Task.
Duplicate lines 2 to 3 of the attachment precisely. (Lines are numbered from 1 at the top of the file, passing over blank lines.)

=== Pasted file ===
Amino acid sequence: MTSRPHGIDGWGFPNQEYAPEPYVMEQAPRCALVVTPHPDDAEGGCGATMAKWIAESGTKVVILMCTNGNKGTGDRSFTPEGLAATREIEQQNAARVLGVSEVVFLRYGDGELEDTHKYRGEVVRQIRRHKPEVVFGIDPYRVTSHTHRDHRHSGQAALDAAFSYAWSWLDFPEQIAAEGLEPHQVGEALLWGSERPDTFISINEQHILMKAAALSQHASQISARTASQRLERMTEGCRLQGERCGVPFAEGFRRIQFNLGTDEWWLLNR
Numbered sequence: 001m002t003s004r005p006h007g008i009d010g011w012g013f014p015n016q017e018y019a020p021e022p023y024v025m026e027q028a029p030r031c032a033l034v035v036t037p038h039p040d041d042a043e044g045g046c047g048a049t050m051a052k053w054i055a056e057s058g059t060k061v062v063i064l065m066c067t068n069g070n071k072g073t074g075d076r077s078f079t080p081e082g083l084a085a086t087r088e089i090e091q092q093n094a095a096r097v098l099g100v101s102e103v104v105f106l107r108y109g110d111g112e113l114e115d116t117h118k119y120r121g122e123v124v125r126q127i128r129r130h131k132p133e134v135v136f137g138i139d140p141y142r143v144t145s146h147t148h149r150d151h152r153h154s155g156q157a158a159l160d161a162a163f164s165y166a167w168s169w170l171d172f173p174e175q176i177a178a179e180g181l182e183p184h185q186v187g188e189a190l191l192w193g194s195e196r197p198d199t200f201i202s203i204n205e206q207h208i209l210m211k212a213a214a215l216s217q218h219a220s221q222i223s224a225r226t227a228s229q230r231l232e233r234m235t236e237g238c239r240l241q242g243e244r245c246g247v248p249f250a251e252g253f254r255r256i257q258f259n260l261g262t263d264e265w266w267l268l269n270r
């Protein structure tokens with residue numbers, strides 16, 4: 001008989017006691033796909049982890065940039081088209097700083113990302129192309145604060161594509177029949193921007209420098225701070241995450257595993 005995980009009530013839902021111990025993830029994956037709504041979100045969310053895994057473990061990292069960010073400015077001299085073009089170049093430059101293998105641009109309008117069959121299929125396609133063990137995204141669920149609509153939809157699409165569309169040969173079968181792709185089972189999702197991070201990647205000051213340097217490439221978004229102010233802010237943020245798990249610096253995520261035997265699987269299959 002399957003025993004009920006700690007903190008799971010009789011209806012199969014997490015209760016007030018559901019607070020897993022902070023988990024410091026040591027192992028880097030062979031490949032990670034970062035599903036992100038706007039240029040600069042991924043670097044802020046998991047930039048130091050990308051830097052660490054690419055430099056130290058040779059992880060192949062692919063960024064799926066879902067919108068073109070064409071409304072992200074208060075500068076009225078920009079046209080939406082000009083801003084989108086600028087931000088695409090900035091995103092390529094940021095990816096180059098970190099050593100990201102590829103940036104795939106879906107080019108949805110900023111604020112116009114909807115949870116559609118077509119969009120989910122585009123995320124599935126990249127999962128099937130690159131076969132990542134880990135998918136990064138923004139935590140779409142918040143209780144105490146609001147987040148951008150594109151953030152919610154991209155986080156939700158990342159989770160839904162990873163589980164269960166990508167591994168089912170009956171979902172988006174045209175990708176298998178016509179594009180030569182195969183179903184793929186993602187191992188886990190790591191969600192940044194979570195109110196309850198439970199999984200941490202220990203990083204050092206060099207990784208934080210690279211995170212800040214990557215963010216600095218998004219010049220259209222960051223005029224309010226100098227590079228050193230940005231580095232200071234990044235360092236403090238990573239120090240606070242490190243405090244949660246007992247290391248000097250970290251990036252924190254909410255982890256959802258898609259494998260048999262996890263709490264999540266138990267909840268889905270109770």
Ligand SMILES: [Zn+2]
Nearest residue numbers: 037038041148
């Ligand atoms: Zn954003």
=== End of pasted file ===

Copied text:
Numbered sequence: 001m002t003s004r005p006h007g008i009d010g011w012g013f014p015n016q017e018y019a020p021e022p023y024v025m026e027q028a029p030r031c032a033l034v035v036t037p038h039p040d041d042a043e044g045g046c047g048a049t050m051a052k053w054i055a056e057s058g059t060k061v062v063i064l065m066c067t068n069g070n071k072g073t074g075d076r077s078f079t080p081e082g083l084a085a086t087r088e089i090e091q092q093n094a095a096r097v098l099g100v101s102e103v104v105f106l107r108y109g110d111g112e113l114e115d116t117h118k119y120r121g122e123v124v125r126q127i128r129r130h131k132p133e134v135v136f137g138i139d140p141y142r143v144t145s146h147t148h149r150d151h152r153h154s155g156q157a158a159l160d161a162a163f164s165y166a167w168s169w170l171d172f173p174e175q176i177a178a179e180g181l182e183p184h185q186v187g188e189a190l191l192w193g194s195e196r197p198d199t200f201i202s203i204n205e206q207h208i209l210m211k212a213a214a215l216s217q218h219a220s221q222i223s224a225r226t227a228s229q230r231l232e233r234m235t236e237g238c239r240l241q242g243e244r245c246g247v248p249f250a251e252g253f254r255r256i257q258f259n260l261g262t263d264e265w266w267l268l269n270r
């Protein structure tokens with residue numbers, strides 16, 4: 001008989017006691033796909049982890065940039081088209097700083113990302129192309145604060161594509177029949193921007209420098225701070241995450257595993 005995980009009530013839902021111990025993830029994956037709504041979100045969310053895994057473990061990292069960010073400015077001299085073009089170049093430059101293998105641009109309008117069959121299929125396609133063990137995204141669920149609509153939809157699409165569309169040969173079968181792709185089972189999702197991070201990647205000051213340097217490439221978004229102010233802010237943020245798990249610096253995520261035997265699987269299959 002399957003025993004009920006700690007903190008799971010009789011209806012199969014997490015209760016007030018559901019607070020897993022902070023988990024410091026040591027192992028880097030062979031490949032990670034970062035599903036992100038706007039240029040600069042991924043670097044802020046998991047930039048130091050990308051830097052660490054690419055430099056130290058040779059992880060192949062692919063960024064799926066879902067919108068073109070064409071409304072992200074208060075500068076009225078920009079046209080939406082000009083801003084989108086600028087931000088695409090900035091995103092390529094940021095990816096180059098970190099050593100990201102590829103940036104795939106879906107080019108949805110900023111604020112116009114909807115949870116559609118077509119969009120989910122585009123995320124599935126990249127999962128099937130690159131076969132990542134880990135998918136990064138923004139935590140779409142918040143209780144105490146609001147987040148951008150594109151953030152919610154991209155986080156939700158990342159989770160839904162990873163589980164269960166990508167591994168089912170009956171979902172988006174045209175990708176298998178016509179594009180030569182195969183179903184793929186993602187191992188886990190790591191969600192940044194979570195109110196309850198439970199999984200941490202220990203990083204050092206060099207990784208934080210690279211995170212800040214990557215963010216600095218998004219010049220259209222960051223005029224309010226100098227590079228050193230940005231580095232200071234990044235360092236403090238990573239120090240606070242490190243405090244949660246007992247290391248000097250970290251990036252924190254909410255982890256959802258898609259494998260048999262996890263709490264999540266138990267909840268889905270109770």